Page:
Graduation rates, policies, and caps - oh my! This section covers all topics related to community college graduations. How does state spending impact graduation rates? Who are the oldest community college graduates? What initiatives are in place to stem the rate of dropouts? Find the answers to these questions and more.
View the most popular articles in Graduation:
A shocking 70% of California’s community college students fail to graduate or transfer. Learn about the catalysts of the failure and how campuses are trying to turn these dire statistics around.
Recent statistics have shown that it takes much more than a simple decision to attend community college to succeed in one of these institutions. In California, only 30% of community college students are receiving the benefits a college education can offer.
Study Results Concerning
A new study conducted by the Institute for Higher Education Leadership & Policy at Cal State Sacramento and reported by the Los Angeles Times found that the large majority of community college students failed to obtain a degree or transfer to a four-year institution. These students typically dropped out – some with a significant amount of debt and no degree to help them. In addition, only 40% of community college students achieved sufficient credit hours in school to boost their potential in the workforce.
The study also found a large disparity between minority and Caucasian students, with only 26% of African-American students and 22% of Latino students earning a degree, certification or transfer to a four-year university within six years. This compared to 37% of Caucasian students or 35% of Asian Pacific Islanders who saw success in community college. One possible reason for the difference is that many minority students in the California public school system find themselves in overcrowded classrooms with less access to qualified teachers and counselors.
Other States Facing Similar Problems
The low community college graduation rates are not restricted to California Schools. According to a report at the Goldwater Institute website, most Arizona community colleges can also be referred to
Community colleges are heeding President Obama's call for student retention. Learn about the innovative programs some community campuses are creating that keep students in their classroom seats.
One of the biggest obstacles community colleges face today is the ability to retain students until they graduate or transfer to another institution. According to the National Center for Education Statistics (NCES), just one in five public community college students graduate with their certificate or associate’s degree within three years. Students pursuing a two-year degree have a much lower chance of achieving their educational goals than those who begin their academic careers at a four-year university, as the graduation for students at four-year institutions is nearly 60 percent.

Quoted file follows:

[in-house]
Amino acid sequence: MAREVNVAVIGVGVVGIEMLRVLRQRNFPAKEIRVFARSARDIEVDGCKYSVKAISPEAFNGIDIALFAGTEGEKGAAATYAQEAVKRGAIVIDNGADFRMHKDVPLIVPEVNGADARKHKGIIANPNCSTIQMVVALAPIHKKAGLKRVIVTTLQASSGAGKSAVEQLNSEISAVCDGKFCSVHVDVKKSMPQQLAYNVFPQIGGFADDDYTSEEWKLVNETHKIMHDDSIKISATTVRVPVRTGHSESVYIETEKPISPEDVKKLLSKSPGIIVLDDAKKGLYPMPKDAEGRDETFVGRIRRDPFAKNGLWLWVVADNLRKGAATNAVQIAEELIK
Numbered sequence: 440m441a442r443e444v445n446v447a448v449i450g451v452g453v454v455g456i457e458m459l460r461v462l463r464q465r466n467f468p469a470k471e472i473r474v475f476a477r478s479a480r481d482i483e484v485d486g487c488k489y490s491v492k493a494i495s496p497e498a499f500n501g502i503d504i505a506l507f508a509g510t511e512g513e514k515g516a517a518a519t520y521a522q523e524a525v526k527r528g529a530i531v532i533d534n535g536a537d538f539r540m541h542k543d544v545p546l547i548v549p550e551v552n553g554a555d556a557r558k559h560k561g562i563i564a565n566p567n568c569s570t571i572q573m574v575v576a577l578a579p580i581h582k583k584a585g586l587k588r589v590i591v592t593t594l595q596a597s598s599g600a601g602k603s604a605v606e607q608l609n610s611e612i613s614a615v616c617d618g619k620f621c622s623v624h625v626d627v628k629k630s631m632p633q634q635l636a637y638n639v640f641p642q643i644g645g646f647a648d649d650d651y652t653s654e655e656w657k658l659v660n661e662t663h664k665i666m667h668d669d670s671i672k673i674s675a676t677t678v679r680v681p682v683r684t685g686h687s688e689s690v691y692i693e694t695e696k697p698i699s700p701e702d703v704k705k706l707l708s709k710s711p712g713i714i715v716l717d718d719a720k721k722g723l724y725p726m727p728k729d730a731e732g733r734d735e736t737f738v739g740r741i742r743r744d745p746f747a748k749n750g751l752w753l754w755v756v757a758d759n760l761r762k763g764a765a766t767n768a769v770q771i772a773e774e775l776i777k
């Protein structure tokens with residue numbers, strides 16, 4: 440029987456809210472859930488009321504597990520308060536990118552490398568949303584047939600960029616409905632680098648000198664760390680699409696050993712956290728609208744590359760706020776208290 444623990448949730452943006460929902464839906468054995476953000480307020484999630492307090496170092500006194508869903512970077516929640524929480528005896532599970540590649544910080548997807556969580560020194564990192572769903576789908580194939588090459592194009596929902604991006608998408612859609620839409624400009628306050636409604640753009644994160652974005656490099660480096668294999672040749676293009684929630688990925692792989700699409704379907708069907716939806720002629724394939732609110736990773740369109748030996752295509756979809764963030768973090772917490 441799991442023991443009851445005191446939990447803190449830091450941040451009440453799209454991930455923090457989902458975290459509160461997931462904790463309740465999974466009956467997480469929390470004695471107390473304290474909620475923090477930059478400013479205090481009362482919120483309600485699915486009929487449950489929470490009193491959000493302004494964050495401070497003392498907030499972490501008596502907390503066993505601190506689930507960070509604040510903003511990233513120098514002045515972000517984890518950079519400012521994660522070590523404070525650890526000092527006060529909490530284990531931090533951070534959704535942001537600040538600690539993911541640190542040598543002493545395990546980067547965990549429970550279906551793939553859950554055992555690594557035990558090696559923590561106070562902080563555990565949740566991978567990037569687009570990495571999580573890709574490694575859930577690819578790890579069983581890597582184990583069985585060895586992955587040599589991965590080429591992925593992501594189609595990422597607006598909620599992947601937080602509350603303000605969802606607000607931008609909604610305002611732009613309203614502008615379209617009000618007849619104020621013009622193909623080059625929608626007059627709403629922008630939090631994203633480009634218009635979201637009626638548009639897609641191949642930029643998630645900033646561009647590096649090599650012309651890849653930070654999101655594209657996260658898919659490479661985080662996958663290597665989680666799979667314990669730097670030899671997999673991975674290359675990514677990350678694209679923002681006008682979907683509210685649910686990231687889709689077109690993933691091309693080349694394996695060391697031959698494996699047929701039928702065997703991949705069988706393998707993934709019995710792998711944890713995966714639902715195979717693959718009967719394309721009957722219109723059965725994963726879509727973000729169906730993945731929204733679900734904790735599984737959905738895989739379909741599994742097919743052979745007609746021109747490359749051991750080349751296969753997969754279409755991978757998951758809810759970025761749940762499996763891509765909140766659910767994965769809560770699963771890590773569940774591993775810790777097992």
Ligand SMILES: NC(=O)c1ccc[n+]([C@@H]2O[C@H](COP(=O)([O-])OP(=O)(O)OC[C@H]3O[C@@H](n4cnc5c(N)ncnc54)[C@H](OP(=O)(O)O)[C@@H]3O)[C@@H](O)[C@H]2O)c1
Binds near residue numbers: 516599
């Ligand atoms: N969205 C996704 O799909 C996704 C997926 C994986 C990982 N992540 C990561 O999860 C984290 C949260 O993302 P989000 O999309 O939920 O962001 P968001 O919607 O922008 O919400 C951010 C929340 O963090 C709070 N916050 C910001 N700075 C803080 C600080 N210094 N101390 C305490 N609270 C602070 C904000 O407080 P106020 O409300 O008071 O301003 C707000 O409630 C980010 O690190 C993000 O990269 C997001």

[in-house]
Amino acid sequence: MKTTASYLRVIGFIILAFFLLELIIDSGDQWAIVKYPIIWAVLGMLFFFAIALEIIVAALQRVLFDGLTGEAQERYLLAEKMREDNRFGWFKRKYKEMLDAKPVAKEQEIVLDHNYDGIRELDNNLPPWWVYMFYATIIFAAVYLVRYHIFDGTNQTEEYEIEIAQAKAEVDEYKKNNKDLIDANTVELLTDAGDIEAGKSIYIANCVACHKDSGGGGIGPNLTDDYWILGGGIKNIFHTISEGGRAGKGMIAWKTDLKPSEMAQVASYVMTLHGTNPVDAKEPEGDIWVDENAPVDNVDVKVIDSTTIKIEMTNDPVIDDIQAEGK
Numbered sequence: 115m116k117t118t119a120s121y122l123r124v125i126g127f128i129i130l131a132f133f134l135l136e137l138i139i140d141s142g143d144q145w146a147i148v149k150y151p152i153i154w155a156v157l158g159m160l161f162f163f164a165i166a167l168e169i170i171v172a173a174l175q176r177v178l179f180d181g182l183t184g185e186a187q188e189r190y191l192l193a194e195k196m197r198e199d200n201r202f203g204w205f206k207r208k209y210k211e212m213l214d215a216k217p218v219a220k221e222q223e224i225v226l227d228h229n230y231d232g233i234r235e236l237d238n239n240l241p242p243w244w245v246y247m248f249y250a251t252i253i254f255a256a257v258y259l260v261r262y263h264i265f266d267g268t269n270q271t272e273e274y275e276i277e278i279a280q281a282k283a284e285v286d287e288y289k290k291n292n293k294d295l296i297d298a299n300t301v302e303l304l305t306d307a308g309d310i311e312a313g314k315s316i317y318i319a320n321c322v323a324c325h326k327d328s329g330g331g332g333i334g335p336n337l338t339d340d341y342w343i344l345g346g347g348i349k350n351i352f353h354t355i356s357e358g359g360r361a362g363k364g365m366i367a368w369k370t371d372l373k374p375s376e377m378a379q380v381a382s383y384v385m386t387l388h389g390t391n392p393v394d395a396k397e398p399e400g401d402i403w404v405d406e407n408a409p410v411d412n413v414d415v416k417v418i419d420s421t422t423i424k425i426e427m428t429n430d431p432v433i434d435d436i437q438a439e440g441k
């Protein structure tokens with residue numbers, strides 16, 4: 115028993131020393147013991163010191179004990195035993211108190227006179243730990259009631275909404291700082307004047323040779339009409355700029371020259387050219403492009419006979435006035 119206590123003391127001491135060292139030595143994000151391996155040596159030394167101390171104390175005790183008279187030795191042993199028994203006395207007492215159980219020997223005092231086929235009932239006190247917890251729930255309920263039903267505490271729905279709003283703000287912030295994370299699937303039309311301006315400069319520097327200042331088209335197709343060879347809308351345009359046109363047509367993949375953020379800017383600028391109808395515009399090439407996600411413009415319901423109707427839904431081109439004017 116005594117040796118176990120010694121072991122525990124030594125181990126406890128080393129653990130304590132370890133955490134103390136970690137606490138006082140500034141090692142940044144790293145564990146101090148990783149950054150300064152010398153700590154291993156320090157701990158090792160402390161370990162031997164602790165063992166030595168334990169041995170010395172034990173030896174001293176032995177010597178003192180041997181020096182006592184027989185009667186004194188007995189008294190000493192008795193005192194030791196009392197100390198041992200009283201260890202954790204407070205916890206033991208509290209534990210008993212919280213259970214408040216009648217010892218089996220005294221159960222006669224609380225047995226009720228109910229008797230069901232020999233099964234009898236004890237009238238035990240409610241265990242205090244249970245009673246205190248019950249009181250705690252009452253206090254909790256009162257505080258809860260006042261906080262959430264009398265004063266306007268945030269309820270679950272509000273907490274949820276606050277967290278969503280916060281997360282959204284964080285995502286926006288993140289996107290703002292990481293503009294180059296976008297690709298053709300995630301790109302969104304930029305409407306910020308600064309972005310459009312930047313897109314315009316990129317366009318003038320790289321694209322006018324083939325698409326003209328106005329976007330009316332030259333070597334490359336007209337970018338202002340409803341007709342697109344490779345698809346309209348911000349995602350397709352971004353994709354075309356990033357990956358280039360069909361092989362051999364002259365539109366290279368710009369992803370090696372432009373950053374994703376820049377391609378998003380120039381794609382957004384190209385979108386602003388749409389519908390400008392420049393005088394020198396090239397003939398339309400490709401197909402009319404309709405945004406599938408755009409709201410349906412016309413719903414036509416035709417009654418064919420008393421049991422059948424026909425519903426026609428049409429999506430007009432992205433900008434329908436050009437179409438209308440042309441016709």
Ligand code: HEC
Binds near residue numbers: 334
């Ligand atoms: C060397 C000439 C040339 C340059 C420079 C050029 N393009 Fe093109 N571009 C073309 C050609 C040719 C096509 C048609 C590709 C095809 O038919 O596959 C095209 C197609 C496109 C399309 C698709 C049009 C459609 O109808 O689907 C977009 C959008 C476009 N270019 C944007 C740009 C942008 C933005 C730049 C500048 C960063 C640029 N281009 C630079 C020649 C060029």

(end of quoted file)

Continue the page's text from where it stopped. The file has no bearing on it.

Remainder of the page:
However, a college degree is imperative today for individuals who want to gain employment that offers sufficient income to support themselves and their families. Community colleges are an especially good place to get an education because of the convenience and affordability many two-year institutions offer. To help students reach their goals, colleges are getting creative in their methods of student retention.
President Obama has set a high bar for colleges across the country: to have the highest college graduation rates in the world by the year 2020. However, this is a very tall task. According to report by 24/7 Wall St., from 2000-2011, the college graduation growth rate in the United States was a paltry 1.4 percent – one of the slowest rates of any developed country. While the U.S. has climbed the list of most educated countries – moving up to fifth place from seventh place – there is still much work to be done.
Although the United States ranks high
Learn about how you can save thousands in tuition costs by testing out of community college classes.
Are you taking unnecessary classes at your community college? You may be able to skip certain prerequisite courses by simply taking placement tests and earning passing AP test scores. If you can qualify for just 20 hours of course credit through your testing, you stand to save an average of $3,000 in tuition costs. In addition, by testing out of these courses, you not only save money, but can graduate or transfer early and enter into the job market more expeditiously.
How to Test out of College Classes
How to Test out of College Classes
The purpose of placement tests is to determine whether or not a student has mastered the particular subject matter. While testing options will vary at each community college, all students should be able to take placement tests that will earn you course credits. For example, at Warren Community College in Michigan, students can "Accelerate their graduation from college by taking exams including Advanced Placement exams, the College Level Examination Placement tests or the Warren County Community College Institutional Credit by Exam tests." Through these exams, students can earn 30 to 45 hours of course credit - without having to actually sit in class!
Students attending Warren Community College can take the College Level Examination Placement (CLEP) or can earn credits through alternative exams:
- CLEP - You can earn credit for college courses by taking CLEP exams, which are proctored by the College Board. Upon evaluation of the test scores, college officials can evaluate whether or not a student's CLEP performance
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